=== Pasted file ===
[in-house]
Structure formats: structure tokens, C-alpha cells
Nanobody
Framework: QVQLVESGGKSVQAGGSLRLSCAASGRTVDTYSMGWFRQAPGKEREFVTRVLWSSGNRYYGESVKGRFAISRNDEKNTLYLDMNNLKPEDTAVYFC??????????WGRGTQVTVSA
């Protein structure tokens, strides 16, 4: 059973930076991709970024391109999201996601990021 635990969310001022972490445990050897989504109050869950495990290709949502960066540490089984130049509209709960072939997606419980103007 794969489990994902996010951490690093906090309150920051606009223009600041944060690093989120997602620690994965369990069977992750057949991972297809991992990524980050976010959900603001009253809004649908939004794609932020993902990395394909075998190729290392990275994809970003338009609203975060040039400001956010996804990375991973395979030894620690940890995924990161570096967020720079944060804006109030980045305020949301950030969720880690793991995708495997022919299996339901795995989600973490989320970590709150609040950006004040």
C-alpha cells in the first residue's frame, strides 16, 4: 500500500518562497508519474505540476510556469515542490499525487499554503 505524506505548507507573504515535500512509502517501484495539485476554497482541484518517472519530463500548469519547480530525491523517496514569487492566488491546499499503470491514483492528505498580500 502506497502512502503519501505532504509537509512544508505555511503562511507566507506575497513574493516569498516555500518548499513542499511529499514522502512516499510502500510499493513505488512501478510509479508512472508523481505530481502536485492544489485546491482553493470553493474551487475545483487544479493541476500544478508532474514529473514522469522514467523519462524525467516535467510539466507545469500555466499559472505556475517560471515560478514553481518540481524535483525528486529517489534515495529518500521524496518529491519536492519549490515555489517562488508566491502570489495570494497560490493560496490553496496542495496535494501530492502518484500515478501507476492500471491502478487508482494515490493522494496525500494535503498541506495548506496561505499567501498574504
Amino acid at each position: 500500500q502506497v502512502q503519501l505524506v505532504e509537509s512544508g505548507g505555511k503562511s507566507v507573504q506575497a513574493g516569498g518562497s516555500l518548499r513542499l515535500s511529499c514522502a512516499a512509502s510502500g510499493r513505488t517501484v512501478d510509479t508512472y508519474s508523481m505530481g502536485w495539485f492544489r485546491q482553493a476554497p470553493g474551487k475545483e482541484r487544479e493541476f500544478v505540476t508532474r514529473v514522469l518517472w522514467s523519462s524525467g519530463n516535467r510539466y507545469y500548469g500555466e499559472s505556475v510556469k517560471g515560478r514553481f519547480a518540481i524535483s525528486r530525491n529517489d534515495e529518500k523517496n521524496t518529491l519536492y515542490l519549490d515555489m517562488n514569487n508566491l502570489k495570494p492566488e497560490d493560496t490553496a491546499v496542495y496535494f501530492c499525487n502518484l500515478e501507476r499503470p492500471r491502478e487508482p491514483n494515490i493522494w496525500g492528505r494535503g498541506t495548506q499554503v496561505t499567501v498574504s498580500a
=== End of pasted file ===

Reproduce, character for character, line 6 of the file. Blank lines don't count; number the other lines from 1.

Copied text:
C-alpha cells in the first residue's frame, strides 16, 4: 500500500518562497508519474505540476510556469515542490499525487499554503 505524506505548507507573504515535500512509502517501484495539485476554497482541484518517472519530463500548469519547480530525491523517496514569487492566488491546499499503470491514483492528505498580500 502506497502512502503519501505532504509537509512544508505555511503562511507566507506575497513574493516569498516555500518548499513542499511529499514522502512516499510502500510499493513505488512501478510509479508512472508523481505530481502536485492544489485546491482553493470553493474551487475545483487544479493541476500544478508532474514529473514522469522514467523519462524525467516535467510539466507545469500555466499559472505556475517560471515560478514553481518540481524535483525528486529517489534515495529518500521524496518529491519536492519549490515555489517562488508566491502570489495570494497560490493560496490553496496542495496535494501530492502518484500515478501507476492500471491502478487508482494515490493522494496525500494535503498541506495548506496561505499567501498574504